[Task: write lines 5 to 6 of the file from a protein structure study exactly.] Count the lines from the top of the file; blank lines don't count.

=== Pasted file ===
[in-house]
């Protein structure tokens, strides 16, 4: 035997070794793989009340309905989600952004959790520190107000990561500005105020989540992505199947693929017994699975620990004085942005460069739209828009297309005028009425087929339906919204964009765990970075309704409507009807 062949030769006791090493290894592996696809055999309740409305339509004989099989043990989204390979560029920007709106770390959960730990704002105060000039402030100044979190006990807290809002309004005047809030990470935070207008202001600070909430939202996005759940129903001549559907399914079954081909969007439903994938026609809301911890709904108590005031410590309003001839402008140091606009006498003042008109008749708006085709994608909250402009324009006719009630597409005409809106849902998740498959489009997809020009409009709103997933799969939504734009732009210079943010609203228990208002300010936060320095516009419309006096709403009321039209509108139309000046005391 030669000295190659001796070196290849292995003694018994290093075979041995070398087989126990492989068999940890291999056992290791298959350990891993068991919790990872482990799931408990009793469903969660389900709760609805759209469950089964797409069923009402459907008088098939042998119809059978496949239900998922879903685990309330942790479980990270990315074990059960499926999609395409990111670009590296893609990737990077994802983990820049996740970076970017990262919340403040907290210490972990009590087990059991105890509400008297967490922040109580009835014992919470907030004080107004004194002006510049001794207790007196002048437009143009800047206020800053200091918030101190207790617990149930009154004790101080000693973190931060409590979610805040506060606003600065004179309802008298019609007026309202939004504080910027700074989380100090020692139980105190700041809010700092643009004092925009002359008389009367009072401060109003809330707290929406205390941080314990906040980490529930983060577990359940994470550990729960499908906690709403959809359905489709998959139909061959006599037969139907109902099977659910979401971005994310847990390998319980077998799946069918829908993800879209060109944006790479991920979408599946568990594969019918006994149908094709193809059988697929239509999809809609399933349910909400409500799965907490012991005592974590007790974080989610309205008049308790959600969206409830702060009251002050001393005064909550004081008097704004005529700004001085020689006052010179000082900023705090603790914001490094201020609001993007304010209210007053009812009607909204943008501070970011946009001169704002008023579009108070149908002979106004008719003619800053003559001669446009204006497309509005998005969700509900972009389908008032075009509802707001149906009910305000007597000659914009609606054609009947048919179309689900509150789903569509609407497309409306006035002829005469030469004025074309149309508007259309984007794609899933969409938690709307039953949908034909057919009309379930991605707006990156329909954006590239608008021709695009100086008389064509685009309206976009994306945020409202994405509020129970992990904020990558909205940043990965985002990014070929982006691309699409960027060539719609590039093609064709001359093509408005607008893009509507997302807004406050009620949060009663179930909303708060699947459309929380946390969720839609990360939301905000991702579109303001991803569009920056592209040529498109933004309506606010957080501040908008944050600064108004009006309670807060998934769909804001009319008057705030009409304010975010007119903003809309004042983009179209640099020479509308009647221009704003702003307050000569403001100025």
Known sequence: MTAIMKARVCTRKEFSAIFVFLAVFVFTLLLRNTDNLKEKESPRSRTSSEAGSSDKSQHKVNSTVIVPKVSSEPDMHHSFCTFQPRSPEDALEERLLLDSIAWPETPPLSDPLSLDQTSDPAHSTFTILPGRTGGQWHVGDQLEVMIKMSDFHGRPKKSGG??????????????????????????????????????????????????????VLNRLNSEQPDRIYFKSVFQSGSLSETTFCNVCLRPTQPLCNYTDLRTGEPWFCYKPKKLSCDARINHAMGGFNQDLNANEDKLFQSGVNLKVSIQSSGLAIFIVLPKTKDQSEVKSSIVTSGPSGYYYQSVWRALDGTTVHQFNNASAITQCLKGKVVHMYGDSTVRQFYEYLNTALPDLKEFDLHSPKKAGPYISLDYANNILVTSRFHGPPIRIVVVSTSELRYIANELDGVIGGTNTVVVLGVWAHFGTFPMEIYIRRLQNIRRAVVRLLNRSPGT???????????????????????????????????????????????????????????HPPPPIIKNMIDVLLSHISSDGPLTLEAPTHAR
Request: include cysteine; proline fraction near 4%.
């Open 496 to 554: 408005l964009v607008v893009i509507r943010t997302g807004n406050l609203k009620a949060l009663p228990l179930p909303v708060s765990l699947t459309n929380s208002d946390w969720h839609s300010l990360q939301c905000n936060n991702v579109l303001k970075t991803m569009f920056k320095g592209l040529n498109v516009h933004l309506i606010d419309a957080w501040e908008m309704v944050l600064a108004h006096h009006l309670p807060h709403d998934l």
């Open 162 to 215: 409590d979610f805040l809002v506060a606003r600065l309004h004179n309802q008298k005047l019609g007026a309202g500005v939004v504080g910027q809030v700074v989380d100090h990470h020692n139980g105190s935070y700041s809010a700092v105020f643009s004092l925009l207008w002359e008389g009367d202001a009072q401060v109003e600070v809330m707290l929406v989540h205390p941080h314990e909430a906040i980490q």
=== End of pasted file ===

């Open 496 to 554: 408005l964009v607008v893009i509507r943010t997302g807004n406050l609203k009620a949060l009663p228990l179930p909303v708060s765990l699947t459309n929380s208002d946390w969720h839609s300010l990360q939301c905000n936060n991702v579109l303001k970075t991803m569009f920056k320095g592209l040529n498109v516009h933004l309506i606010d419309a957080w501040e908008m309704v944050l600064a108004h006096h009006l309670p807060h709403d998934l």
């Open 162 to 215: 409590d979610f805040l809002v506060a606003r600065l309004h004179n309802q008298k005047l019609g007026a309202g500005v939004v504080g910027q809030v700074v989380d100090h990470h020692n139980g105190s935070y700041s809010a700092v105020f643009s004092l925009l207008w002359e008389g009367d202001a009072q401060v109003e600070v809330m707290l929406v989540h205390p941080h314990e909430a906040i980490q």